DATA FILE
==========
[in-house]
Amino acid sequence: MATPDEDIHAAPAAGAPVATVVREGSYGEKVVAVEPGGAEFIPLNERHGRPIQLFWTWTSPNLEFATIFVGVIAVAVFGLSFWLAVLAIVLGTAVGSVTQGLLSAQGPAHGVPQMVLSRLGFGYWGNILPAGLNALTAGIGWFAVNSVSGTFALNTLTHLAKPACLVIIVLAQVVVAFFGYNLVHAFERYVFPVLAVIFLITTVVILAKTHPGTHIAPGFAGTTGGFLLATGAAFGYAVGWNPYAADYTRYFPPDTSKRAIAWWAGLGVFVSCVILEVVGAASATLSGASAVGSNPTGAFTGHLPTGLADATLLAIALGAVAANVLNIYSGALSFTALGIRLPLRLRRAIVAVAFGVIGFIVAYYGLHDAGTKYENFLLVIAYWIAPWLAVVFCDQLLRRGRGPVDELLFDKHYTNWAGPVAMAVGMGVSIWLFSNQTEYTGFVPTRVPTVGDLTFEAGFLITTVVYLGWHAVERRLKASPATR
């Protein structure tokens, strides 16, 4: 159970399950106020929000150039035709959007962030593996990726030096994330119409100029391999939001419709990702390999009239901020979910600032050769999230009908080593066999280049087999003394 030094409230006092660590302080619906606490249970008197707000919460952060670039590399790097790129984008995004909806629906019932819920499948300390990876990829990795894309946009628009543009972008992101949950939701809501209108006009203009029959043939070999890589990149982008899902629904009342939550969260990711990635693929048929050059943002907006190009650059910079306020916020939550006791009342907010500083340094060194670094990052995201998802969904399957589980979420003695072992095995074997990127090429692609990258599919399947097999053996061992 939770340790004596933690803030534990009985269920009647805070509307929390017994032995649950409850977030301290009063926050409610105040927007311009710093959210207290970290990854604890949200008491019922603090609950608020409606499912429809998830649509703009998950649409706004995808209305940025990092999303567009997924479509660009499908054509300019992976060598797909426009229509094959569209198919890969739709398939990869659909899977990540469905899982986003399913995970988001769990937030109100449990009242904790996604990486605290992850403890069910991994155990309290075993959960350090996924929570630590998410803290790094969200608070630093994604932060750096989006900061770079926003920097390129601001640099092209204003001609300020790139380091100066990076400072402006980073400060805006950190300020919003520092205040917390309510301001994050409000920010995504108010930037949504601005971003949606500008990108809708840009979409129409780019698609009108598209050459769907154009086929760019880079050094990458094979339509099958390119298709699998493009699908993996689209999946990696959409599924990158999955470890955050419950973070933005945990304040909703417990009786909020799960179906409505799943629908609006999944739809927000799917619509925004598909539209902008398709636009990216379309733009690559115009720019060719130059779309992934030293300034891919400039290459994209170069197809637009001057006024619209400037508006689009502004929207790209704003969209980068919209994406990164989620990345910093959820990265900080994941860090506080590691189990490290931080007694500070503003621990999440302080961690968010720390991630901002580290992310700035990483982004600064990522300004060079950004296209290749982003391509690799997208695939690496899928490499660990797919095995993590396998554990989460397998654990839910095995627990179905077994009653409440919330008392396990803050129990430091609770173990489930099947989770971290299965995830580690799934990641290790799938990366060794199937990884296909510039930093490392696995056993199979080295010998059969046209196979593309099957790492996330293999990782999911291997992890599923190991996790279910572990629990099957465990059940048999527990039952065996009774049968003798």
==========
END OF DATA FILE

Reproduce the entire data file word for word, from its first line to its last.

[in-house]
Amino acid sequence: MATPDEDIHAAPAAGAPVATVVREGSYGEKVVAVEPGGAEFIPLNERHGRPIQLFWTWTSPNLEFATIFVGVIAVAVFGLSFWLAVLAIVLGTAVGSVTQGLLSAQGPAHGVPQMVLSRLGFGYWGNILPAGLNALTAGIGWFAVNSVSGTFALNTLTHLAKPACLVIIVLAQVVVAFFGYNLVHAFERYVFPVLAVIFLITTVVILAKTHPGTHIAPGFAGTTGGFLLATGAAFGYAVGWNPYAADYTRYFPPDTSKRAIAWWAGLGVFVSCVILEVVGAASATLSGASAVGSNPTGAFTGHLPTGLADATLLAIALGAVAANVLNIYSGALSFTALGIRLPLRLRRAIVAVAFGVIGFIVAYYGLHDAGTKYENFLLVIAYWIAPWLAVVFCDQLLRRGRGPVDELLFDKHYTNWAGPVAMAVGMGVSIWLFSNQTEYTGFVPTRVPTVGDLTFEAGFLITTVVYLGWHAVERRLKASPATR
């Protein structure tokens, strides 16, 4: 159970399950106020929000150039035709959007962030593996990726030096994330119409100029391999939001419709990702390999009239901020979910600032050769999230009908080593066999280049087999003394 030094409230006092660590302080619906606490249970008197707000919460952060670039590399790097790129984008995004909806629906019932819920499948300390990876990829990795894309946009628009543009972008992101949950939701809501209108006009203009029959043939070999890589990149982008899902629904009342939550969260990711990635693929048929050059943002907006190009650059910079306020916020939550006791009342907010500083340094060194670094990052995201998802969904399957589980979420003695072992095995074997990127090429692609990258599919399947097999053996061992 939770340790004596933690803030534990009985269920009647805070509307929390017994032995649950409850977030301290009063926050409610105040927007311009710093959210207290970290990854604890949200008491019922603090609950608020409606499912429809998830649509703009998950649409706004995808209305940025990092999303567009997924479509660009499908054509300019992976060598797909426009229509094959569209198919890969739709398939990869659909899977990540469905899982986003399913995970988001769990937030109100449990009242904790996604990486605290992850403890069910991994155990309290075993959960350090996924929570630590998410803290790094969200608070630093994604932060750096989006900061770079926003920097390129601001640099092209204003001609300020790139380091100066990076400072402006980073400060805006950190300020919003520092205040917390309510301001994050409000920010995504108010930037949504601005971003949606500008990108809708840009979409129409780019698609009108598209050459769907154009086929760019880079050094990458094979339509099958390119298709699998493009699908993996689209999946990696959409599924990158999955470890955050419950973070933005945990304040909703417990009786909020799960179906409505799943629908609006999944739809927000799917619509925004598909539209902008398709636009990216379309733009690559115009720019060719130059779309992934030293300034891919400039290459994209170069197809637009001057006024619209400037508006689009502004929207790209704003969209980068919209994406990164989620990345910093959820990265900080994941860090506080590691189990490290931080007694500070503003621990999440302080961690968010720390991630901002580290992310700035990483982004600064990522300004060079950004296209290749982003391509690799997208695939690496899928490499660990797919095995993590396998554990989460397998654990839910095995627990179905077994009653409440919330008392396990803050129990430091609770173990489930099947989770971290299965995830580690799934990641290790799938990366060794199937990884296909510039930093490392696995056993199979080295010998059969046209196979593309099957790492996330293999990782999911291997992890599923190991996790279910572990629990099957465990059940048999527990039952065996009774049968003798």